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Madfloridian's Journal
Posted by madfloridian in General Discussion (1/22-2007 thru 12/14/2010)
Wed Feb 10th 2010, 11:07 PM
even religious ones. Doesn't appear I have a choice about it. My taxes are paying not only for charter schools in Florida, but now they are adding to the already existing vouchers for private schools.

Florida legislature to consider dramatic expansion of vouchers

They will probably get the expansion through. The media is not covering the use of public money going to private and religious institutions. They are totally silent on the issue.


Mary Lynne Duet teaches a class at Tampa Bay Christian Academy in Tampa. The school has 42 students on tax-credit vouchers, a program lawmakers have proposed expanding

About 25 of the 70 students at Gulf Coast Christian School in St. Petersburg have a big chunk of their tuition paid for by taxpayers, courtesy of a private-school voucher that's worth $3,950.

Plenty of other families want to enroll, but they can't afford the difference between the voucher and tuition, which ranges from $4,650 to $5,500.

"That's a frequent thing people say: 'I can't afford the rest of it,' " said principal Linda Smock.


Some lawmakers want that to change. And soon.

Under a comprehensive bill filed Wednesday — and with fair odds of getting bipartisan support — Florida lawmakers are poised to consider a dramatic expansion of the state's voucher program for low-income students, including upping the voucher's value.


I have heard that argument way too often. It is a misleading one...few families can afford full payment to private schools. It will only allow a few to go.

I don't want my money going to private schools or religious schools. I will be given no choice. My taxes are also going to charter schools which are not regulated and which are run by private companies.

I want my taxes to go for traditional public education. I am not given a choice.

There is not a good track record for many of the schools formed in Florida to get state money. One example is the principal who had once been tried for murder.

Of course no one in authority realized it because there was/is little oversight.

BARTOW -- The private-school principal accused of stealing state voucher money via the now defunct Faith Christian Academy had once been tried for the murder of her husband in Arkansas.
Betty Mae Jives Mitchell, then Betty Clark, and Louise Henry were accused in 1987 of poisoning Mitchell's former husband, Thomas Joseph Clark, with arsenic in Crittenden County, Ark. The trial ended in a hung jury, and the state dropped its case against the pair.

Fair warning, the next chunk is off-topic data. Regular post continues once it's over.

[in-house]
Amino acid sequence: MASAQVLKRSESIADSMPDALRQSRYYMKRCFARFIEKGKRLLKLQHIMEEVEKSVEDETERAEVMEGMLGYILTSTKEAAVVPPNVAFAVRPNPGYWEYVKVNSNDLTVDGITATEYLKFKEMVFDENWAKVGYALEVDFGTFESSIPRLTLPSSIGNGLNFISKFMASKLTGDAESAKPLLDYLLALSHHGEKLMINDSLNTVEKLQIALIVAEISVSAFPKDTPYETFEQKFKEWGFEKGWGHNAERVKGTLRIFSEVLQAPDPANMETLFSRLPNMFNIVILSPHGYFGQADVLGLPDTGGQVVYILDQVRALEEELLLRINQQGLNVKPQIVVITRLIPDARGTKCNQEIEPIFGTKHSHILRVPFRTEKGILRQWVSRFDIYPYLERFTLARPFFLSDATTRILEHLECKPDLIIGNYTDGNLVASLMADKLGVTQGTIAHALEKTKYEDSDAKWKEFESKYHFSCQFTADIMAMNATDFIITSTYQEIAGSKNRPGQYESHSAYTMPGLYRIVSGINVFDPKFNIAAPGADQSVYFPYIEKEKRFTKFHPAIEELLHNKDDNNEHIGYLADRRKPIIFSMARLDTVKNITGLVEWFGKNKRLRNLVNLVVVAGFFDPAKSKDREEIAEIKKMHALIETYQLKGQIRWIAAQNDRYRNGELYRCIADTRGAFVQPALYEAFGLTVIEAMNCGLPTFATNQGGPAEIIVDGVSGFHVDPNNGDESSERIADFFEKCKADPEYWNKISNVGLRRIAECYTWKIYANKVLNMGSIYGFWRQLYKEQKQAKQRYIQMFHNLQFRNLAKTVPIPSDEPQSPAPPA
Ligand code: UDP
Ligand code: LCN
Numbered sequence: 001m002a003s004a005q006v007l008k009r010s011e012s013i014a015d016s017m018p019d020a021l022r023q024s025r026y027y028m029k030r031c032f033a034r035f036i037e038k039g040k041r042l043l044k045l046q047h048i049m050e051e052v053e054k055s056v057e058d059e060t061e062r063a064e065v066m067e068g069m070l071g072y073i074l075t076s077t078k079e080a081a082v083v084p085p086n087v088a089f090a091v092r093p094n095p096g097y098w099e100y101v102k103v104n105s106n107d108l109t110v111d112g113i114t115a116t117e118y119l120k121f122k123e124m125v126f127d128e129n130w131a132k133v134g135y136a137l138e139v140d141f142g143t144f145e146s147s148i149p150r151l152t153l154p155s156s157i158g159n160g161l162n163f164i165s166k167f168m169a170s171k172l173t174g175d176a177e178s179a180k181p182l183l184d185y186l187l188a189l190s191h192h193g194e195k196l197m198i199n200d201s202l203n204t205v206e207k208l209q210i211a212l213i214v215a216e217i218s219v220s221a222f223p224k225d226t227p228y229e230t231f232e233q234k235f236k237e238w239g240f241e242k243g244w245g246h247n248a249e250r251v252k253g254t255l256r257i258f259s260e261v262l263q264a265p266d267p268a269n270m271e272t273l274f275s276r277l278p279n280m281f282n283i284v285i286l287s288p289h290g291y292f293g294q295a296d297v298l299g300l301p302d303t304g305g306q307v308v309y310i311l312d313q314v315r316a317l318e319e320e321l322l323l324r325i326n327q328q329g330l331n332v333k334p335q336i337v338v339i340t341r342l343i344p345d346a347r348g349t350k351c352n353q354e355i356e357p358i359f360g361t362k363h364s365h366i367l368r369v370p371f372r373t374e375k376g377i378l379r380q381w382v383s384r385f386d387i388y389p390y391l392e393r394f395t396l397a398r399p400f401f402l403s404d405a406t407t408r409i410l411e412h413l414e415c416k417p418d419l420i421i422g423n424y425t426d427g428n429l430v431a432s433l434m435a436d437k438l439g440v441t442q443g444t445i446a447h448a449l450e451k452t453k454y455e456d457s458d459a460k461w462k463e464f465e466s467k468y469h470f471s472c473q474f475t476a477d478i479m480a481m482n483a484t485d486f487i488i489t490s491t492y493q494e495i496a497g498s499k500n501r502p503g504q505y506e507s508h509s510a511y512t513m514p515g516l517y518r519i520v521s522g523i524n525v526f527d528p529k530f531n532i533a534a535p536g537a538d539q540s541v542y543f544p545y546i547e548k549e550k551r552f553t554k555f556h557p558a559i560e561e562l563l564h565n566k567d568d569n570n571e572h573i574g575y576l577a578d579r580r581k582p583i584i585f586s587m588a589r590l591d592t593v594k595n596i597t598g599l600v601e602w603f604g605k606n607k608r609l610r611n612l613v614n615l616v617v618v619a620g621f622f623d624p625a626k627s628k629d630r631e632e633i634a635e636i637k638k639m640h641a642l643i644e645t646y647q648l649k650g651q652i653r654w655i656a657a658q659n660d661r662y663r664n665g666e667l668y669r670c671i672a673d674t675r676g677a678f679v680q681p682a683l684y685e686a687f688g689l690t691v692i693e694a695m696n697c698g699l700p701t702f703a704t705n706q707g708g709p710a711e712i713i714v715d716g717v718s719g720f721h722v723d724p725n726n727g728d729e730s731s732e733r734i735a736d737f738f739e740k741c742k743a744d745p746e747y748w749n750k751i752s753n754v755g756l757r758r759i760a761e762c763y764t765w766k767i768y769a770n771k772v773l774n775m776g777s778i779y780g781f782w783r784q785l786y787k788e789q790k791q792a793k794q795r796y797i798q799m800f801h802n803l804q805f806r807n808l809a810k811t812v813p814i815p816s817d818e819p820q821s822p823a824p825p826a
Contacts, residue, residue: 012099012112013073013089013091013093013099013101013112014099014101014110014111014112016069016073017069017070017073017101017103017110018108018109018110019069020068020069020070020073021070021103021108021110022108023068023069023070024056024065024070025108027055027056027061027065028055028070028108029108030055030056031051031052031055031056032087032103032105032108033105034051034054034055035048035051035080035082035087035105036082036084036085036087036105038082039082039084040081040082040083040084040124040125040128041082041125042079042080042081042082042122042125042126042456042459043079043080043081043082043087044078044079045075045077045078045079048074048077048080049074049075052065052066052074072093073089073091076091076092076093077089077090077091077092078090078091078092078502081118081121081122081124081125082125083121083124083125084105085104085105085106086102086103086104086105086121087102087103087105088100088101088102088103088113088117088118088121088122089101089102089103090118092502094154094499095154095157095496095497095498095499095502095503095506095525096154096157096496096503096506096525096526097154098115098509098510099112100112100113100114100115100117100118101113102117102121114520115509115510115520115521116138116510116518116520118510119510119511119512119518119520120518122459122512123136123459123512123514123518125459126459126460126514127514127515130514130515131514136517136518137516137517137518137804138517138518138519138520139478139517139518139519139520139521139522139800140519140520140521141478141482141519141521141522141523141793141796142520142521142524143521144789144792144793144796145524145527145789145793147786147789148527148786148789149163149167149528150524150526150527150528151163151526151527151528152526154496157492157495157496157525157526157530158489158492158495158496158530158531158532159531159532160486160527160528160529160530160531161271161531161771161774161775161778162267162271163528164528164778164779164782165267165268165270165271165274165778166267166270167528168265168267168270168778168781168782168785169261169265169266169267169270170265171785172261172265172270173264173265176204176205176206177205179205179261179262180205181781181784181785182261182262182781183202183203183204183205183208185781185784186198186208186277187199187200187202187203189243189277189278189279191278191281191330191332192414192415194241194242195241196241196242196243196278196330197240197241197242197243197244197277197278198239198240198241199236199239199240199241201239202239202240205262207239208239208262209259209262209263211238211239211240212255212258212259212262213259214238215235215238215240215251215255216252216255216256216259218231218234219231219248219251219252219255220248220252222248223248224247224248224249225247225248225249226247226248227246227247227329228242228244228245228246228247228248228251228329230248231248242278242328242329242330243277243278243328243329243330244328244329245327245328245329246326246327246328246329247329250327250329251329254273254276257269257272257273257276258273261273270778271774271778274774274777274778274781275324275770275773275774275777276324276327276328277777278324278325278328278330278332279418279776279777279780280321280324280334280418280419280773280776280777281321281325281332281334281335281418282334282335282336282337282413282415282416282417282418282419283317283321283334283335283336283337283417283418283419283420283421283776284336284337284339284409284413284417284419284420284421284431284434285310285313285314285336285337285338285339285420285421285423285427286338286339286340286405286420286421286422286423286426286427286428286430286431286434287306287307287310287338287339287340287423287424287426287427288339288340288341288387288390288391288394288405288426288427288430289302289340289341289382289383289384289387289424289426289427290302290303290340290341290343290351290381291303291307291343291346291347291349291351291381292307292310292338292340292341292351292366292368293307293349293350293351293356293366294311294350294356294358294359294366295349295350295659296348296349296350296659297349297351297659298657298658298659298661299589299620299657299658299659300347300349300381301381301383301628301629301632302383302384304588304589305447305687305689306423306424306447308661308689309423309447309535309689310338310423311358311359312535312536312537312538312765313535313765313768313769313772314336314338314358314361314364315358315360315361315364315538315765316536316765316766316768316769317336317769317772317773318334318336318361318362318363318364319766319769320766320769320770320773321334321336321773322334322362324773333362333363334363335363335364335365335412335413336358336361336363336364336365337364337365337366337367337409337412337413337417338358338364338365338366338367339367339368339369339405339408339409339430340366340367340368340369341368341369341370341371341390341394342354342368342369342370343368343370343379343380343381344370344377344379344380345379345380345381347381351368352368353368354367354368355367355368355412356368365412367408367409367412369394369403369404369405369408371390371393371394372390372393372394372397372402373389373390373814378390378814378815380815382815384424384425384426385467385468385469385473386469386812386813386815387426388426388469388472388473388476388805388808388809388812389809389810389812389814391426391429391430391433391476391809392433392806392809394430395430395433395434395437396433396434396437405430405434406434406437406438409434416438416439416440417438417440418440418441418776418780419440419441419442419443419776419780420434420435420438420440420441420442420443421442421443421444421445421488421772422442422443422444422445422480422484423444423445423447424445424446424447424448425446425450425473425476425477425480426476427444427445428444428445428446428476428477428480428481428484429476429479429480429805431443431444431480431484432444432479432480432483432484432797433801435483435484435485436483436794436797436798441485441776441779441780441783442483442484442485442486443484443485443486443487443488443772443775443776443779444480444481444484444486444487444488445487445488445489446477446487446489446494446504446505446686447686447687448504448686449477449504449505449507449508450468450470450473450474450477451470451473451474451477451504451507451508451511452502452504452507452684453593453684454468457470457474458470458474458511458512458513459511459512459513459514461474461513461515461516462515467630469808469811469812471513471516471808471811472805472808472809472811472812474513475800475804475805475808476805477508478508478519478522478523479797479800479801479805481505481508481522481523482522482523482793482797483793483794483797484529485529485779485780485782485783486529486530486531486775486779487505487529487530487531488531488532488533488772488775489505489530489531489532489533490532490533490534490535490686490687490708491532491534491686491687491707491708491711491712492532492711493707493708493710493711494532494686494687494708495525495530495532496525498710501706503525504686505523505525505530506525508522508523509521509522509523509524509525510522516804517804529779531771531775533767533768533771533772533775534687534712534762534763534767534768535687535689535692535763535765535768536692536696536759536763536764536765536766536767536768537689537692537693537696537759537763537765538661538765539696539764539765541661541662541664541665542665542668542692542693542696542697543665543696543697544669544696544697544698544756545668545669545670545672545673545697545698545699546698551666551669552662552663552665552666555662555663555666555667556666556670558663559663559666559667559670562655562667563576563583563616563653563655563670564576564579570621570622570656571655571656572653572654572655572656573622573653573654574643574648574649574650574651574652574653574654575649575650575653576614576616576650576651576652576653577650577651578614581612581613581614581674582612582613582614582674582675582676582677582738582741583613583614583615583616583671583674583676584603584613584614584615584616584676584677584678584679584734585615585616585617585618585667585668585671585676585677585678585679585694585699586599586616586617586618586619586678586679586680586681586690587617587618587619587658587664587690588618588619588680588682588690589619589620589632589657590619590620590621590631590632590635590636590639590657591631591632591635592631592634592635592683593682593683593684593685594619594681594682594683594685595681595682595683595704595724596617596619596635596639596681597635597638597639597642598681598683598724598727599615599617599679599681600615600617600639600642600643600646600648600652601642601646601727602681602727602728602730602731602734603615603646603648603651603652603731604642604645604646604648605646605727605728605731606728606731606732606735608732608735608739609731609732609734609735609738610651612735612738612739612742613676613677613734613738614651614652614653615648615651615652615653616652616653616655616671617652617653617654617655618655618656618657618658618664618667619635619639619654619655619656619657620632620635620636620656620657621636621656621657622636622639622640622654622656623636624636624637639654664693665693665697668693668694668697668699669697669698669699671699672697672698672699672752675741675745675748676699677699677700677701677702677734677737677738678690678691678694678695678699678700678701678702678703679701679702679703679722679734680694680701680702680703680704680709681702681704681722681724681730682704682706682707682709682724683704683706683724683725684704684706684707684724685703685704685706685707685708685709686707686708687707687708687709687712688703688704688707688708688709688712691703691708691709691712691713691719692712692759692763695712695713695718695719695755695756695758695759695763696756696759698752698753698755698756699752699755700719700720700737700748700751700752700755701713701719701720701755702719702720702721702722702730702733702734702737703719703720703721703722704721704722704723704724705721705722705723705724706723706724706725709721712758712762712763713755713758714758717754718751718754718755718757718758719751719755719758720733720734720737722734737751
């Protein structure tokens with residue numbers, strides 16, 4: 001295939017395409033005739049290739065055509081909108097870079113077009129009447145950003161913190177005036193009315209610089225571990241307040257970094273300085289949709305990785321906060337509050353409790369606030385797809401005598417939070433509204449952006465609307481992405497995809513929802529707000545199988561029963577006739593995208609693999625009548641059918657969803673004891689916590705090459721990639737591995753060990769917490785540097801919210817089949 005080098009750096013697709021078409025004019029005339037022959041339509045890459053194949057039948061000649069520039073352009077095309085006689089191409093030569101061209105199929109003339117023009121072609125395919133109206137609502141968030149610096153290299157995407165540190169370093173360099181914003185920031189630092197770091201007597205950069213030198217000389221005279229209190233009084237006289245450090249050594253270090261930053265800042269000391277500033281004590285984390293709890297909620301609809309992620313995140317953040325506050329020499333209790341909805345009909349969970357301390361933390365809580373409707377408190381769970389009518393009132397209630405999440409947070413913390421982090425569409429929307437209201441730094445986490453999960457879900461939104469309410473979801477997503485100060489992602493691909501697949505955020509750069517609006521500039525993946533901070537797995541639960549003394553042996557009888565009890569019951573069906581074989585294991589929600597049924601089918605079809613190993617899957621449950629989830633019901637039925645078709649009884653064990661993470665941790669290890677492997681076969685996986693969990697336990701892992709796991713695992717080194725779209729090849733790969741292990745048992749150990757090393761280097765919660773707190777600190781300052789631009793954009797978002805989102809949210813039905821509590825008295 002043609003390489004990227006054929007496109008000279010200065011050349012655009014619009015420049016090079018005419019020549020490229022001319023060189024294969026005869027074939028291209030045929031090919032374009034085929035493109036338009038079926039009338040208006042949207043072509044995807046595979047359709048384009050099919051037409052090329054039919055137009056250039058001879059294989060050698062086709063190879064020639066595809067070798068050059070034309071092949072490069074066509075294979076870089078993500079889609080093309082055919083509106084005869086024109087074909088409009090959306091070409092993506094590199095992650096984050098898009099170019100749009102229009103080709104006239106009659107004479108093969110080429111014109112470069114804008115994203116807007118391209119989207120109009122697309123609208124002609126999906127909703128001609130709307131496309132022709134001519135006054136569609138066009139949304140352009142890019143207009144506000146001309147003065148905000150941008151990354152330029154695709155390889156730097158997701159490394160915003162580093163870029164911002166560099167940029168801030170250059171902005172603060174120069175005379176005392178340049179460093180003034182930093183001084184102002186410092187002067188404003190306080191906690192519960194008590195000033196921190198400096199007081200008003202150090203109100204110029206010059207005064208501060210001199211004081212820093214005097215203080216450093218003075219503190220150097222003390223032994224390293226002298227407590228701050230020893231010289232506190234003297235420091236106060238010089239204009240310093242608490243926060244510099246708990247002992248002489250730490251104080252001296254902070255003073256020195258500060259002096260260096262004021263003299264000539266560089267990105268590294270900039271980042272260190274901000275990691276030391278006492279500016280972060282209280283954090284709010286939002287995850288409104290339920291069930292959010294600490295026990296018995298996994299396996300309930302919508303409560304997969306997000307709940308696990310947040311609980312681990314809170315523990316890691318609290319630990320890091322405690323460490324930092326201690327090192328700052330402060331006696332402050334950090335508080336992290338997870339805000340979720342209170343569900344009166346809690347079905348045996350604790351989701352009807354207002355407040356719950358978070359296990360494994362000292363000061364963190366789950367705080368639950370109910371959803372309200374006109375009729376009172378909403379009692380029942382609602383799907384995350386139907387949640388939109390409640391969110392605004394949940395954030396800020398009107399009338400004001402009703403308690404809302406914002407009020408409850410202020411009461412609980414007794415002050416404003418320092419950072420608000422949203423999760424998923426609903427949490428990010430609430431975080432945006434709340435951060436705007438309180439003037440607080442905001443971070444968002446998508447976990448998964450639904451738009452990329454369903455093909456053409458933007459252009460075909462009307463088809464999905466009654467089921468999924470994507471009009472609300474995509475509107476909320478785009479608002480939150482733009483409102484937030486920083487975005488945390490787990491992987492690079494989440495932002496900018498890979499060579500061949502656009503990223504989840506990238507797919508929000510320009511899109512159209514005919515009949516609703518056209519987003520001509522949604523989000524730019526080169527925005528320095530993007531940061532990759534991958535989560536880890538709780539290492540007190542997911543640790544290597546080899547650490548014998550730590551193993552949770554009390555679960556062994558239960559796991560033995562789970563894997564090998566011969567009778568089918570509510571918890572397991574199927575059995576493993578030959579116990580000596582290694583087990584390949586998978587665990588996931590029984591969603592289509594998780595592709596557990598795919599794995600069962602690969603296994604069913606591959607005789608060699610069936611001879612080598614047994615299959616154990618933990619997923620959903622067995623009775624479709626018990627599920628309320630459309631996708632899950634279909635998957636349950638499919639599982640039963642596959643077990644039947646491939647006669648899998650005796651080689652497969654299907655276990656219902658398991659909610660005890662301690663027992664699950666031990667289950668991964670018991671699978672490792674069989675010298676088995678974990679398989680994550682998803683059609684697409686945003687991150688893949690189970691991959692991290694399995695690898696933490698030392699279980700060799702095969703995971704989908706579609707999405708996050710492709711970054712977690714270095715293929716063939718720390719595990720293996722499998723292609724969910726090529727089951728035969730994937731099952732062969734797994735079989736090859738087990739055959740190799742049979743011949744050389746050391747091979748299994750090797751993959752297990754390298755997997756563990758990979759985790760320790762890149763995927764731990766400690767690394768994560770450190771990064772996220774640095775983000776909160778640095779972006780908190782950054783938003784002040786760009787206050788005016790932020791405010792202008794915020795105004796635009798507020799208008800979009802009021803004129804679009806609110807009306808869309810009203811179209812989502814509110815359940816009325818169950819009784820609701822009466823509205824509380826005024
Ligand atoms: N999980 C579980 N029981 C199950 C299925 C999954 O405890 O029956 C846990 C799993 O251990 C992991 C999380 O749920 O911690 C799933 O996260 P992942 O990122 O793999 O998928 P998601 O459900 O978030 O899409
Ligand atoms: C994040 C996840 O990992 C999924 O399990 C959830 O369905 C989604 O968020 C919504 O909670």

..."The group is accused of bilking the state voucher system, the federal school lunch program and a scholarship funding organization out of about $200,000


Though I firmly believe that public monies should not be benefiting religious institutions, it does not matter what I think.

It has gone so far that many religious schools are deliberately becoming charters to get access to taxpayer money to ease their financial problems

PALMETTO - Starting next school year, the Bibles, crosses and religious pictures will be removed from Palmetto Christian School.

In addition, the school will take on a new name and receive its funding from a new source: Florida taxpayers.

The K-8 school -- operating in the same building with most of the same leadership, staff and students it has now -- will become a charter school that could receive more than $1.7 million in state tax dollars.

The move was unanimously approved by the Manatee County School Board last week, despite contrary advice given by the board's own legal counsel. State law prohibits private schools, that fund themselves, from switching to charter schools that receive state money.


Palmetto Christian joins at least 7 former Catholic schools which are following suit. Public money will rescue their schools while our public schools go wanting for resources. The religious schools becoming charters to get public money apparently will also benefit by deriving income from their properties.

And so, the Archdiocese of Miami will begin its experiment with charter schools this fall. What was intended as a pilot program at one parish – Corpus Christi in Wynwood – will become, for financial reasons, the norm at seven more. Charters also will open in August where five other Catholic schools closed this June: Sacred Heart, Our Lady of Divine Providence in Sweetwater, St. Francis Xavier in Overtown, St. Stephen in Miramar and St. Clement in Fort Lauderdale.

A seventh charter will open at St. Malachy in Tamarac, which opted to close its school before its financial situation deteriorated further. And an eighth charter will open in Miami Gardens, in the building used by St. Monica School until it closed in May 2008.

Charter schools are free, funded by public dollars, so religion cannot be taught during the school day. Unlike traditional public schools, however, charter schools operate independently of the local school board and have more leeway in managing day-to-day operations.

Because the parishes are leasing their former school buildings to the charter schools, they are deriving income from the properties. The amount ranges between $150,000 and $350,000 this first year,
“depending on the size, capacity and condition of the facilities,” according to Fernando Zulueta, president of Academica, a company that provides management and support services for most of the charter schools opening on archdiocesan properties.


Florida and Georgia are trying to increase the vouchers to private schools as quickly as they can. I would imagine other states will be following suit.






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